Welcome: “Soft Hearts,” Sincerely Abraham
This past week the evening news took us to a school outside of Detroit. A faculty member proposed that the adults in the school community each select a student and write a personal letter telling what they appreciate as special about the student. There were 50 students who were singled out for such gifts as leadership, kindness, generosity, attention to other students. I heard praise both for the gifts of the students as well as how they shared their gifts. Before handing the letter to the student, we heard some of the letters being read. The letters were not finished before each child covered his or her face and cried, some sobbed. I cried too.
At the passing of our unnamed ‘rich man’ it seems not many people cried, ‘he was buried’. The parable doesn’t elicit tears. Sadly, there is no alternative ending. A petrified heart finds no place in Abraham’s bosom, and bad news continues for the five brothers.
Remember the children! The rich man had a lot of wealth with which he could have done good. The children have their children size gifts. We have ours. No matter, a small store of riches can be just as absorbing and blind us to the poor at our gate. The children were singled out because they shared what they had. Their gifts benefited others.
Why did they cry? Could it be those tears originated in the heart? In some way that none of us can explain their goodness was exposed; a goodness that reached out to many untold sufferings. Could their little gifts of kindness, help, or encouragement to a classmate alleviate some suffering. In their humble, small way sufferings were eased by their gift, but their gift brought them into contact with a bit of suffering. Maybe they do not understand this, nor could they articulate such a mystery. But what they did their hearts knew and their hearts overflowed with tears when it was named. These are the hearts that Abraham embraces in his bosom; hearts growing to the size of the love of God’s heart for us.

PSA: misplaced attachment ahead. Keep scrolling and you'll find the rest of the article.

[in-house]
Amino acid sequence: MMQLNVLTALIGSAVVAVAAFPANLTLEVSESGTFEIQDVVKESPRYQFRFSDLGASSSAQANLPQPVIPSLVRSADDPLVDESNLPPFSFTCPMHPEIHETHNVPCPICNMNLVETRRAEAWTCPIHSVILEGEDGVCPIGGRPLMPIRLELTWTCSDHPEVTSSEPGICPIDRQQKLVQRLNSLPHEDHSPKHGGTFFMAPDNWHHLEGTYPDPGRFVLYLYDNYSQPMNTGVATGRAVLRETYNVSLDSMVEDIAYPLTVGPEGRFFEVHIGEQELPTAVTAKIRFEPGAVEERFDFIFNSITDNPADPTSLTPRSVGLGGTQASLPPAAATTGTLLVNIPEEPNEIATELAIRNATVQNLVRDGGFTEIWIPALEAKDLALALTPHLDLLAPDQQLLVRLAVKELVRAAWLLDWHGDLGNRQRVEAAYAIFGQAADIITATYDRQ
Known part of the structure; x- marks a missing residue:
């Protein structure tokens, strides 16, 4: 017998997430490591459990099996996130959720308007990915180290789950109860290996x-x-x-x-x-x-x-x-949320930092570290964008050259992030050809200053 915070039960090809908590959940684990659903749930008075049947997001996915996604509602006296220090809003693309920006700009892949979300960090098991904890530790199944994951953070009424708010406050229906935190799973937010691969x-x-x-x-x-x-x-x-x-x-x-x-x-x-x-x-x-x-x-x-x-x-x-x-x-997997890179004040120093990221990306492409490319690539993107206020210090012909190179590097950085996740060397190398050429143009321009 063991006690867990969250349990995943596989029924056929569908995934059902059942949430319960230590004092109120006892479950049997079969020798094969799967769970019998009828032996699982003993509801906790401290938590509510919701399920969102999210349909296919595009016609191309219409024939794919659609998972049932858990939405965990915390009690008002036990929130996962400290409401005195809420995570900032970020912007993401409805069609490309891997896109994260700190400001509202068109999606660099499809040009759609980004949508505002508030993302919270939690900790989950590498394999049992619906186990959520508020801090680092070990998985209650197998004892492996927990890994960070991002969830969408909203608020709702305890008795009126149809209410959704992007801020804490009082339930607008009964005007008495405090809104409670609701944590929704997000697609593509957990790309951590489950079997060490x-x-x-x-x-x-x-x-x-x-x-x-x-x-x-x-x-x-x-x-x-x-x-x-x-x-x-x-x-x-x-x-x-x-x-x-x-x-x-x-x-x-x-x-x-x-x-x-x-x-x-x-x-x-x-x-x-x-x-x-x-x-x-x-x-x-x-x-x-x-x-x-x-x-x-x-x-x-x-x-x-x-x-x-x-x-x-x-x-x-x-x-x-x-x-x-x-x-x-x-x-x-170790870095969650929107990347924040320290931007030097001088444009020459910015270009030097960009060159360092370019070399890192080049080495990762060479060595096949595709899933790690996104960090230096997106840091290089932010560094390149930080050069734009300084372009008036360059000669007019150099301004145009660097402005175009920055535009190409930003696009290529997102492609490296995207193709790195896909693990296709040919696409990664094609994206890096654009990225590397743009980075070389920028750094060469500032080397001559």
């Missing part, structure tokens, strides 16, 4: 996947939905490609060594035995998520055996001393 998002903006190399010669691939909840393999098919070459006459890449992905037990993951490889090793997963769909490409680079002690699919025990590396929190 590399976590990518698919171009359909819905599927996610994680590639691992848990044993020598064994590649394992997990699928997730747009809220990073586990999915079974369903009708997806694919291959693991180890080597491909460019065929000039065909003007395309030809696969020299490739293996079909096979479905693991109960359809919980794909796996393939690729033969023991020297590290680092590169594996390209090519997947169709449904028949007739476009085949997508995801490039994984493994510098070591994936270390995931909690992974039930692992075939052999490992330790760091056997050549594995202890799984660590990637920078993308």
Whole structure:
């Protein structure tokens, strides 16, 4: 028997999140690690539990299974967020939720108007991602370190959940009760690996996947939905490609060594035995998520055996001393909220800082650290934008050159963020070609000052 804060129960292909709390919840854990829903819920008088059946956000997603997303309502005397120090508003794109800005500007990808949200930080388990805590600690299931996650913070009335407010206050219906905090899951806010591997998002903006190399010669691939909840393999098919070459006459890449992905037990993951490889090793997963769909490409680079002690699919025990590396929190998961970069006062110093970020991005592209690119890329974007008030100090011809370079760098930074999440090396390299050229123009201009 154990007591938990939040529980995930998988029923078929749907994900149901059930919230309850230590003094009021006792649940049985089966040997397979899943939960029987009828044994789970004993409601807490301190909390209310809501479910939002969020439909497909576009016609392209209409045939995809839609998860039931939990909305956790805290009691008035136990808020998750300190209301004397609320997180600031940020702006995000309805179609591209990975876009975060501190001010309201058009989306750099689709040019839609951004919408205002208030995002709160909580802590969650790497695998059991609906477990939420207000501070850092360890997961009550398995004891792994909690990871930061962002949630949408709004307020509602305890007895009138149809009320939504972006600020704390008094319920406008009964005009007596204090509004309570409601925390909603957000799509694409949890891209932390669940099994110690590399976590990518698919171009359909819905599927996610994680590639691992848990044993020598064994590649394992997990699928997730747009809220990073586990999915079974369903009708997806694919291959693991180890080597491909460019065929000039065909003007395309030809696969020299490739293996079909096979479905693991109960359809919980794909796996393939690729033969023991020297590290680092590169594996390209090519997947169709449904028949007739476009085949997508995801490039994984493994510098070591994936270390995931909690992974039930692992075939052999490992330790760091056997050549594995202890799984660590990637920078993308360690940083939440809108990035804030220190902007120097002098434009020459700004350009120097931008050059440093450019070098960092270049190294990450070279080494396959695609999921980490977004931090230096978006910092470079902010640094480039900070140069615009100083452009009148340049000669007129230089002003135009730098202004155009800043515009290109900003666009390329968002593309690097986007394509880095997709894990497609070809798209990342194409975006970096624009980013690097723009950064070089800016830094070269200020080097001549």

Would it have helped if someone wrote a letter to our rich man? Well, Moses and the prophets seem to have one this. But if we notice a friend or classmate whose heart needs some attention, it could well be that we also have a gift to speak a word to the weary. Sad, no one spoke to the rich man. Could he have been helped?
The Lenten days remind us that we are given a great gift, beyond our stored-up treasures. God gives us a sign in the resurrection from the dead that we are called t share a risen life. Life beyond this life is our destiny. We glimpsed this with the apostles Sunday. There are innumerable moments of resurrection – a peaceful death, a birth, an act of love, our boundless world of nature. These moments shout and can awaken in us, something that helps us know there is a resurrection of our humble mortal bodies. Let us celebrate them, look for them and share this gift with others.
Do not deny your gifts, use them. Affirm, awaken and encourage them in others. And in the Lenten days share the moments of resurrection that reveal the gift to come.
Fr. William Murphy, CP is a member of Immaculate Conception Community in Jamaica, New York.